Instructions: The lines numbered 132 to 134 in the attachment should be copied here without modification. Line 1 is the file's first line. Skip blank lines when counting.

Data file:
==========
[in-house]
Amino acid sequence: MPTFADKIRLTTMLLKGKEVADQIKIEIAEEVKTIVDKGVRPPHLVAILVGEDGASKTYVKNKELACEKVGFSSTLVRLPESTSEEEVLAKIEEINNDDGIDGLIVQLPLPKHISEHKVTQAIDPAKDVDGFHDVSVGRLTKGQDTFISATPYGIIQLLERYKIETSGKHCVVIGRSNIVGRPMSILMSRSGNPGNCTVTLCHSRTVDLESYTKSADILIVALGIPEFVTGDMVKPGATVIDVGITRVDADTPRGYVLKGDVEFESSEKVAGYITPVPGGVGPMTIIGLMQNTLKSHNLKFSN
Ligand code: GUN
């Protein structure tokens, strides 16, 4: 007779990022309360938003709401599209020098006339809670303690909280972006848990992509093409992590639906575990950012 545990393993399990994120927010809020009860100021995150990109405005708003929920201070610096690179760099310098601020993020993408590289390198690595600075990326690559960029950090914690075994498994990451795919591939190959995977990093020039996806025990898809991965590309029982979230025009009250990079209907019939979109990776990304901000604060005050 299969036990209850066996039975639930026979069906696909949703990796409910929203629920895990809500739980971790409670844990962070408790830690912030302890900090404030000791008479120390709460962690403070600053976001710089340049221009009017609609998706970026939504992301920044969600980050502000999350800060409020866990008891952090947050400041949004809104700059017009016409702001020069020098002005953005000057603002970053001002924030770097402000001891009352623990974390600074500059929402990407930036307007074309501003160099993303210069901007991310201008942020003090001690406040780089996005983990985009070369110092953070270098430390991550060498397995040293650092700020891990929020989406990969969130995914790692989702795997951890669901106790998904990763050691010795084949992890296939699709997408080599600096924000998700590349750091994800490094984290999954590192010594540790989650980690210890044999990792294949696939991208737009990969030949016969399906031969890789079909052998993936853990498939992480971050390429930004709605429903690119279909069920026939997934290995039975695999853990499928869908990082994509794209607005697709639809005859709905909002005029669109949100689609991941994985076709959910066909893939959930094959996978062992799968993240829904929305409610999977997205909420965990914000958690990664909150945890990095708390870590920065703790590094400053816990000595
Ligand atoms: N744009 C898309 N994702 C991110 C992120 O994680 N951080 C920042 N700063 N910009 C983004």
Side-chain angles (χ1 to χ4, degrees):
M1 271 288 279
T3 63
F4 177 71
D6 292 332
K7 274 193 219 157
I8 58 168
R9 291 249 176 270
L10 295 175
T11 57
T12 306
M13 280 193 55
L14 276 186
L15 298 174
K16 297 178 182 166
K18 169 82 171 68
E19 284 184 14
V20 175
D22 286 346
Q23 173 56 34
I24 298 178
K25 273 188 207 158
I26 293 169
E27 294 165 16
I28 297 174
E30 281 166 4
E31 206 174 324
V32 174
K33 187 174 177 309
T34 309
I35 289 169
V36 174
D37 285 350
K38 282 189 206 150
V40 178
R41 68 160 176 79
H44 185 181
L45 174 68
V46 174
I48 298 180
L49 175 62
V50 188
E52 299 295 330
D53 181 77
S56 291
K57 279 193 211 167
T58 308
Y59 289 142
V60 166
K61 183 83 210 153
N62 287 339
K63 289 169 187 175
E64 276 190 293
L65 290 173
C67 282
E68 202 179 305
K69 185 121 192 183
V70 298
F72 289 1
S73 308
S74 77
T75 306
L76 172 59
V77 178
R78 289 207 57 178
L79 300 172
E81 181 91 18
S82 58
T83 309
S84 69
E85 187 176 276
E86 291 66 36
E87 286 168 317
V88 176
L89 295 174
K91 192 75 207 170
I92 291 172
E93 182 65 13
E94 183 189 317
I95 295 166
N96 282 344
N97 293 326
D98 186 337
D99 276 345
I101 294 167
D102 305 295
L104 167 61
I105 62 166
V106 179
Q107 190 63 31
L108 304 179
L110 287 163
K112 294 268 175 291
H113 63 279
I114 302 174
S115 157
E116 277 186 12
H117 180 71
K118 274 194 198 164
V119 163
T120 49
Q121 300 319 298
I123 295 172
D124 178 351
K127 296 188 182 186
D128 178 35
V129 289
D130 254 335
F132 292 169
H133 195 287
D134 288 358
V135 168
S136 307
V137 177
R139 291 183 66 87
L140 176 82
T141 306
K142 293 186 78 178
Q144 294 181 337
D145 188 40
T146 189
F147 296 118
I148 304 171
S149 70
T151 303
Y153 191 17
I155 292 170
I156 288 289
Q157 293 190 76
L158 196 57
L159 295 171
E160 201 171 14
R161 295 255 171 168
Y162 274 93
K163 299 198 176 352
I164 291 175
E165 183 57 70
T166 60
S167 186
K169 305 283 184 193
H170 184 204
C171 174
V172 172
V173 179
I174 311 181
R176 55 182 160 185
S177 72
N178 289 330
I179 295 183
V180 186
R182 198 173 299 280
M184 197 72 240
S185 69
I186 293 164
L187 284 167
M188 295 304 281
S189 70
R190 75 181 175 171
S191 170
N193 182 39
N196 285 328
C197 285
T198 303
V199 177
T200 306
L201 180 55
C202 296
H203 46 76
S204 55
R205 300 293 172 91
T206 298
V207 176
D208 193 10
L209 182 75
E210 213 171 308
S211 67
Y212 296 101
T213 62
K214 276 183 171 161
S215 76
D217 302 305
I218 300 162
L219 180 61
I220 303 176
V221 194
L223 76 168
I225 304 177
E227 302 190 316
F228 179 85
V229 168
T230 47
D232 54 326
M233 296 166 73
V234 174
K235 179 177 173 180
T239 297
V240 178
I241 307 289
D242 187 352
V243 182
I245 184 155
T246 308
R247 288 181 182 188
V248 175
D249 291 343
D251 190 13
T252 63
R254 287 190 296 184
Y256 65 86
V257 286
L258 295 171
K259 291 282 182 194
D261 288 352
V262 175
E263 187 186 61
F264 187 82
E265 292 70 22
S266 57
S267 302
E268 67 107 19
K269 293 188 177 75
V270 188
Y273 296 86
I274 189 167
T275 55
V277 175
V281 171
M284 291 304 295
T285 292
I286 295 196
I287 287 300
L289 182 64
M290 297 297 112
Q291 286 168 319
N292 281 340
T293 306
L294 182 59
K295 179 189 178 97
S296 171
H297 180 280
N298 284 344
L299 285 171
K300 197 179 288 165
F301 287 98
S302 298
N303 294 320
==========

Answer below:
I155 292 170
I156 288 289
Q157 293 190 76